Narrative of Place

A small body of water off of Barren Island, Dead Horse Bay is a strange destination in Brooklyn with a strange history. In the 1700s, the beach held flour mills, which gave way to factories in the 1800s. The ominous name comes from the horse-rendering plants that left animal bones along along the bay, still decomposing in the layers of sediment.

In the early 20th century, as the factories closed, New York used the marsh as landfill. The waste was capped in the 1930s, but it burst two decades later. Bits of trash—beer bottles, cleaning products, table cloths, the soles of shoes—have leaked out along the beach ever since, forming a natural museum dedicated to the everyday objects that people cast aside nearly a century ago.

Walkers along the beach can explore its past in the waste collected there, piecing together an account of New York’s history, both real and imagined.

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Mapping with Data

Screen Shot 2017-02-06 at 12.41.50 PM

This week, I tackled working with data in mapping and github.io. The latter part of the process definitely the more difficult part, since I command line and the whole idea of git are new to me. The (finally!) successful result, a map projecting floodplain and sea level rise due to climate change, lives here.

The other great discovery this week, in addition to a very basic understanding of git, is the source of the data for this exercise: NYC Open Data. It’s incredible that the city makes all of its data available—from historic sites to tree maps, taxi rides to health concerns. Living in a city means that data is collected from you everywhere you go, and it’s amazing that the city government is giving it back to us, no strings attached.

First web map!

(I used the OSM plugin for blog display)

Response to Posthumous Portraiture

When I go to a new exhibit gallery, I dutifully visit the description on the wall first thing. If there is text in a gallery, I will try to digest it. It’s a practice I’ve been trying to resist sometimes recently. Occasionally, I think it’s healthy to just let art wash over you, free from context.

At the American Folk Art Museum, I went straight for the description of “Securing the Shadow: Posthumous Portraiture in America.” I’m glad that I did; the exhibition was a collection rooted in historical information, and so it provided useful context. On top of that, though, it also offered an important emotional frame. Looking back at the past, it said, we falsely assume that because death was a more common part of life, loss must have been duller. I kept that in my head throughout my time there, seeing evidence everywhere of the depth of the feeling in losing a loved one in the 1800s.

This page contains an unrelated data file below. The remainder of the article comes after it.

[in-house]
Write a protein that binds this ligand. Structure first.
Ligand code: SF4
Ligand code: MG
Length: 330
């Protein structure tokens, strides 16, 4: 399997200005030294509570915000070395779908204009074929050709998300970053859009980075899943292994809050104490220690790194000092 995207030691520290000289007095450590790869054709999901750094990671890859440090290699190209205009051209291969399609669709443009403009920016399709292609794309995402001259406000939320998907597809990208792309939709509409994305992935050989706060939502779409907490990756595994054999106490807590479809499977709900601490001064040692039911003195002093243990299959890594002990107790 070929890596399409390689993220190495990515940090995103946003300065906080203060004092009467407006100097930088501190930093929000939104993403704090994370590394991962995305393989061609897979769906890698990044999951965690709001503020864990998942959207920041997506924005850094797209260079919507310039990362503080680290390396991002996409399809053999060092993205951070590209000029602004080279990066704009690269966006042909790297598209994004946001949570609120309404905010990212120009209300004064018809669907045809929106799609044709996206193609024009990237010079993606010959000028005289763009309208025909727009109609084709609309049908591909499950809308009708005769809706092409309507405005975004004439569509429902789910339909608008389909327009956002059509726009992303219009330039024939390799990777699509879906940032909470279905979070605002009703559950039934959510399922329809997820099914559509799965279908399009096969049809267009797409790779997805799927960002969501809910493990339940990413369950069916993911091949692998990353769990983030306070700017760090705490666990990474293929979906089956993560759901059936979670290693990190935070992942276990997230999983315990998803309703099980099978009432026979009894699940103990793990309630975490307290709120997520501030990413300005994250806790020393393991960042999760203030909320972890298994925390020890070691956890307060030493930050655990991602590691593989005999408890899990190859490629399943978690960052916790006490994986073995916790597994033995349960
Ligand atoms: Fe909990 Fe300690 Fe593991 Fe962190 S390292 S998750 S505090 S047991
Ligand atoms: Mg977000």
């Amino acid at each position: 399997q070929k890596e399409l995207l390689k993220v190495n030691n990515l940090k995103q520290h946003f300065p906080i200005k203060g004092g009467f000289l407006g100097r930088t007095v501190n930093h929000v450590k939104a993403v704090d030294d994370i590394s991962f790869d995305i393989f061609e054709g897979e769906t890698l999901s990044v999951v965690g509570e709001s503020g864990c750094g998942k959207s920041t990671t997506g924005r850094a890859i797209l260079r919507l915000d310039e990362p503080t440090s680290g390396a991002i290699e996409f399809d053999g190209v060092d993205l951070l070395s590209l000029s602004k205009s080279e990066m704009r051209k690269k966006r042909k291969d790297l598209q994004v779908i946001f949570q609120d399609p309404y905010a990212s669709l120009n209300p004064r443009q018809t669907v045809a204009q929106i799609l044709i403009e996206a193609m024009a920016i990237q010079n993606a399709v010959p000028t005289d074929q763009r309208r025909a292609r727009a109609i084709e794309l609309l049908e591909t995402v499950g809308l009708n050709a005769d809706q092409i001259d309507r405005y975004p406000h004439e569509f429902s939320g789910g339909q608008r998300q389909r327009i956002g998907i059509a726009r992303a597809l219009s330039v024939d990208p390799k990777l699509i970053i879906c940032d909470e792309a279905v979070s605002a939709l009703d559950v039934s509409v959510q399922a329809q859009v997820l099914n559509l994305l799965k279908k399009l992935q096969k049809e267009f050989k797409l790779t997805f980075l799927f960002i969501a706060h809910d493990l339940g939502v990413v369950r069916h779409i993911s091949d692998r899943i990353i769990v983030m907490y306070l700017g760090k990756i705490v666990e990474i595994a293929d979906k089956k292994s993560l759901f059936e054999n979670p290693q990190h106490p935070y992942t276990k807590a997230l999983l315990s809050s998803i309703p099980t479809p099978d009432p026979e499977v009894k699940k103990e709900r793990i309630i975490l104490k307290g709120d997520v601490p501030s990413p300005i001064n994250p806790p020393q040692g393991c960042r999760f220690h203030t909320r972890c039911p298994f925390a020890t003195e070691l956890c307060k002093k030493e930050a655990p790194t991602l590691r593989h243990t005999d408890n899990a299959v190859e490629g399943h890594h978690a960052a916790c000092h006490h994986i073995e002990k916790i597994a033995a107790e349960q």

At a certain point, though, I had to cut myself off from reading each detailed label beside the paintings. They were well-written and useful, but after I had established a basic vocabulary for understanding the portraits, I found them distracting. In theory, I like that all the labels were there and more vivid than the average museum plaque. It’s another way to celebrate the stories of each subject, and, therefore, like the portraits themselves, breath life back into the dead. But there was so much life in the artwork already that I didn’t always want to sterilize them with historical context.

The gallery of daguerrotypes was all the more powerful because the portraits were at a remove from their descriptions. (Of course, they’re also powerful because of the striking gruesomeness of a dead child posed for a photograph, a creepiness that worked well throughout the show). The mass of portraits laid out together under the glass anonymously didn’t desensitize the viewer and confirm the false assumptions of loss in history; somehow, it did the opposite. I teared up, which reminded me of the only time I remember crying at a museum—seeing Edvard Munch’s obsessively repeated prints of his dying sister. Both that series and this exhibit are so moving because they show that strong human urge for preservation. It was palpable in the Munch prints, and it was palpable here.

24-Hour Comic

Assignment: Document every hour of the day in whatever medium. 

 

8am: 

[Bed] Alarm goes off.

9am:

[Living room] It was difficult to get out of bed
after waking up for an hour at 3am. Since then,
have: had a cup of coffee, made slow progress on
the Thursday crossword, given up on the Thursday
crossword, and yelled at the news again.

10am:

[Kitchen table] I began working on a music review,
and the album grew on me the second time through.
Also: Participated in lazy Internet activism by
signing a petition.

11am:

[Kitchen table] Some work but more procrastination.